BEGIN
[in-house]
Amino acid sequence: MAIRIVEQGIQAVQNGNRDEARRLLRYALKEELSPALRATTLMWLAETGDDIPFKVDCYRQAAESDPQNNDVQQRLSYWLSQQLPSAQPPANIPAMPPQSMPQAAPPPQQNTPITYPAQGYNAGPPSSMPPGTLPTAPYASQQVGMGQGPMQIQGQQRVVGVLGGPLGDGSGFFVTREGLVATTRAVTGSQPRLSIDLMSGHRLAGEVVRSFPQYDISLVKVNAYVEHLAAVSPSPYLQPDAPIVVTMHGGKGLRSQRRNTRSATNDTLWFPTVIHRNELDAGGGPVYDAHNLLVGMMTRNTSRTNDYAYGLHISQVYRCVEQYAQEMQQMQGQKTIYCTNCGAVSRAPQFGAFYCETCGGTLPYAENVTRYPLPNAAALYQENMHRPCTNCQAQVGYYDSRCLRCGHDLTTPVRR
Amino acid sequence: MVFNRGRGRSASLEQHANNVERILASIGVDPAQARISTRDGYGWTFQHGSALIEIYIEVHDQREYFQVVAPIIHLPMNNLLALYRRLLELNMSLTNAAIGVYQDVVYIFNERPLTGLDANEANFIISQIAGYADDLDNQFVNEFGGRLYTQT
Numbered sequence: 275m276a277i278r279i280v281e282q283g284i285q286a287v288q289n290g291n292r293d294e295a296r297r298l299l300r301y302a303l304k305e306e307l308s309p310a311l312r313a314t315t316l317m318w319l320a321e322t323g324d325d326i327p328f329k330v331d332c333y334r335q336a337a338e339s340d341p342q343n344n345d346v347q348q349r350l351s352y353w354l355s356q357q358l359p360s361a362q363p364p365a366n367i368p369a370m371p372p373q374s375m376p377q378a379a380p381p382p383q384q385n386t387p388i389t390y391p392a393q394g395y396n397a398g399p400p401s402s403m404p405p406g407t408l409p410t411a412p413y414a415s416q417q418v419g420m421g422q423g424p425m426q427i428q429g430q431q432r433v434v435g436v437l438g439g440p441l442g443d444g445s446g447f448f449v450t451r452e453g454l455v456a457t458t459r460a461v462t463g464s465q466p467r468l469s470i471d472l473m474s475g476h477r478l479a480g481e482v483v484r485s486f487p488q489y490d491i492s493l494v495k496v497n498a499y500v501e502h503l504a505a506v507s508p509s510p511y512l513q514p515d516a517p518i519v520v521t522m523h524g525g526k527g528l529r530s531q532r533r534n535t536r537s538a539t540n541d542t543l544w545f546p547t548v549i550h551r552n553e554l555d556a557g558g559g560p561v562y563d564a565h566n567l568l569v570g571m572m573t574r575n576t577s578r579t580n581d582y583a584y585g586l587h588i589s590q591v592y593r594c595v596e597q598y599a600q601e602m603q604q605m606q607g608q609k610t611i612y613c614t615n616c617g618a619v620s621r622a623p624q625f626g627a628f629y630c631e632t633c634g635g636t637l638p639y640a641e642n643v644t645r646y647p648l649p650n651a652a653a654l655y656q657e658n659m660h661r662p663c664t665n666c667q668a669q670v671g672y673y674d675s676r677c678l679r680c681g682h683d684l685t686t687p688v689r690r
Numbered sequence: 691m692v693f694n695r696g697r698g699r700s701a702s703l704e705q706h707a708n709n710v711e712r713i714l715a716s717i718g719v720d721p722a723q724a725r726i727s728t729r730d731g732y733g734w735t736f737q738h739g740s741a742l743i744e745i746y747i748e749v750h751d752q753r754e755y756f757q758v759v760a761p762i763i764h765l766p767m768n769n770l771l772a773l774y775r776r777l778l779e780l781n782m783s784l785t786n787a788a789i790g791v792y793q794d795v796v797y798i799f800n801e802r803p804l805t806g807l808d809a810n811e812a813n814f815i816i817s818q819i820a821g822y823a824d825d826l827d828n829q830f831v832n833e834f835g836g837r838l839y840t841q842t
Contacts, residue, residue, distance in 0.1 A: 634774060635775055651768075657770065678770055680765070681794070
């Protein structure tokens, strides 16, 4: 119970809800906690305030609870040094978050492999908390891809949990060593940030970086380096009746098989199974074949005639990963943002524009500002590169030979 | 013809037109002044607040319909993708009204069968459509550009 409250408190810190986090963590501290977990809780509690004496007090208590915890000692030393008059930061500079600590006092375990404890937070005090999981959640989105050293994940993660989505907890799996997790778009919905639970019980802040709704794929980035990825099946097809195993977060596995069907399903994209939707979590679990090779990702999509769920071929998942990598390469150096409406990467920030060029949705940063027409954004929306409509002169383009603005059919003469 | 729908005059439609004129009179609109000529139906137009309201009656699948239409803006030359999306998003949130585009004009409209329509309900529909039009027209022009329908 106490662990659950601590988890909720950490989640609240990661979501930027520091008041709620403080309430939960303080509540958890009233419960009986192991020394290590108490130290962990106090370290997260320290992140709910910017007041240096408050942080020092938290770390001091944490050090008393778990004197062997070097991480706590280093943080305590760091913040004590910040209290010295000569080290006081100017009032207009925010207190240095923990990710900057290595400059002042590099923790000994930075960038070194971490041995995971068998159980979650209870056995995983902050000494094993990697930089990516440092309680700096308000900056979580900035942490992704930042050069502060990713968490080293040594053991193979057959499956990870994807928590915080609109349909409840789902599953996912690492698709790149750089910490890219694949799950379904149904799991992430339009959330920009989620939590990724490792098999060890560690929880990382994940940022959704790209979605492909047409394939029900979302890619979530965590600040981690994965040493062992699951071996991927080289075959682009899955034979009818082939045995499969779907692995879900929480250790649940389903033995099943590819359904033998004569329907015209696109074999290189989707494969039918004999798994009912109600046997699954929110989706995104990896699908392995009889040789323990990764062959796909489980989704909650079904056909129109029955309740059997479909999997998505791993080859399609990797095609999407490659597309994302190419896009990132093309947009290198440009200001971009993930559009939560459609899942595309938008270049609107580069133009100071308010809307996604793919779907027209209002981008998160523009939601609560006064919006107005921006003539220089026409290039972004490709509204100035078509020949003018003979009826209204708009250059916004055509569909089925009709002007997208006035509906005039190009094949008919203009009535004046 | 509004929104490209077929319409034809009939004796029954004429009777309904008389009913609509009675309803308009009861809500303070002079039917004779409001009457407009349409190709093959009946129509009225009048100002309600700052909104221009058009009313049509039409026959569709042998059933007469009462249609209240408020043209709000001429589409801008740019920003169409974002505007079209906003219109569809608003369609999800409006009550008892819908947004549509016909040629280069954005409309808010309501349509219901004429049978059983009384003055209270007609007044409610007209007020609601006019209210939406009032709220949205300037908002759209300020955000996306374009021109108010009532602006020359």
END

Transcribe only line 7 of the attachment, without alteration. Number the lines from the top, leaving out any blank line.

């Protein structure tokens, strides 16, 4: 119970809800906690305030609870040094978050492999908390891809949990060593940030970086380096009746098989199974074949005639990963943002524009500002590169030979 | 013809037109002044607040319909993708009204069968459509550009 409250408190810190986090963590501290977990809780509690004496007090208590915890000692030393008059930061500079600590006092375990404890937070005090999981959640989105050293994940993660989505907890799996997790778009919905639970019980802040709704794929980035990825099946097809195993977060596995069907399903994209939707979590679990090779990702999509769920071929998942990598390469150096409406990467920030060029949705940063027409954004929306409509002169383009603005059919003469 | 729908005059439609004129009179609109000529139906137009309201009656699948239409803006030359999306998003949130585009004009409209329509309900529909039009027209022009329908 106490662990659950601590988890909720950490989640609240990661979501930027520091008041709620403080309430939960303080509540958890009233419960009986192991020394290590108490130290962990106090370290997260320290992140709910910017007041240096408050942080020092938290770390001091944490050090008393778990004197062997070097991480706590280093943080305590760091913040004590910040209290010295000569080290006081100017009032207009925010207190240095923990990710900057290595400059002042590099923790000994930075960038070194971490041995995971068998159980979650209870056995995983902050000494094993990697930089990516440092309680700096308000900056979580900035942490992704930042050069502060990713968490080293040594053991193979057959499956990870994807928590915080609109349909409840789902599953996912690492698709790149750089910490890219694949799950379904149904799991992430339009959330920009989620939590990724490792098999060890560690929880990382994940940022959704790209979605492909047409394939029900979302890619979530965590600040981690994965040493062992699951071996991927080289075959682009899955034979009818082939045995499969779907692995879900929480250790649940389903033995099943590819359904033998004569329907015209696109074999290189989707494969039918004999798994009912109600046997699954929110989706995104990896699908392995009889040789323990990764062959796909489980989704909650079904056909129109029955309740059997479909999997998505791993080859399609990797095609999407490659597309994302190419896009990132093309947009290198440009200001971009993930559009939560459609899942595309938008270049609107580069133009100071308010809307996604793919779907027209209002981008998160523009939601609560006064919006107005921006003539220089026409290039972004490709509204100035078509020949003018003979009826209204708009250059916004055509569909089925009709002007997208006035509906005039190009094949008919203009009535004046 | 509004929104490209077929319409034809009939004796029954004429009777309904008389009913609509009675309803308009009861809500303070002079039917004779409001009457407009349409190709093959009946129509009225009048100002309600700052909104221009058009009313049509039409026959569709042998059933007469009462249609209240408020043209709000001429589409801008740019920003169409974002505007079209906003219109569809608003369609999800409006009550008892819908947004549509016909040629280069954005409309808010309501349509219901004429049978059983009384003055209270007609007044409610007209007020609601006019209210939406009032709220949205300037908002759209300020955000996306374009021109108010009532602006020359």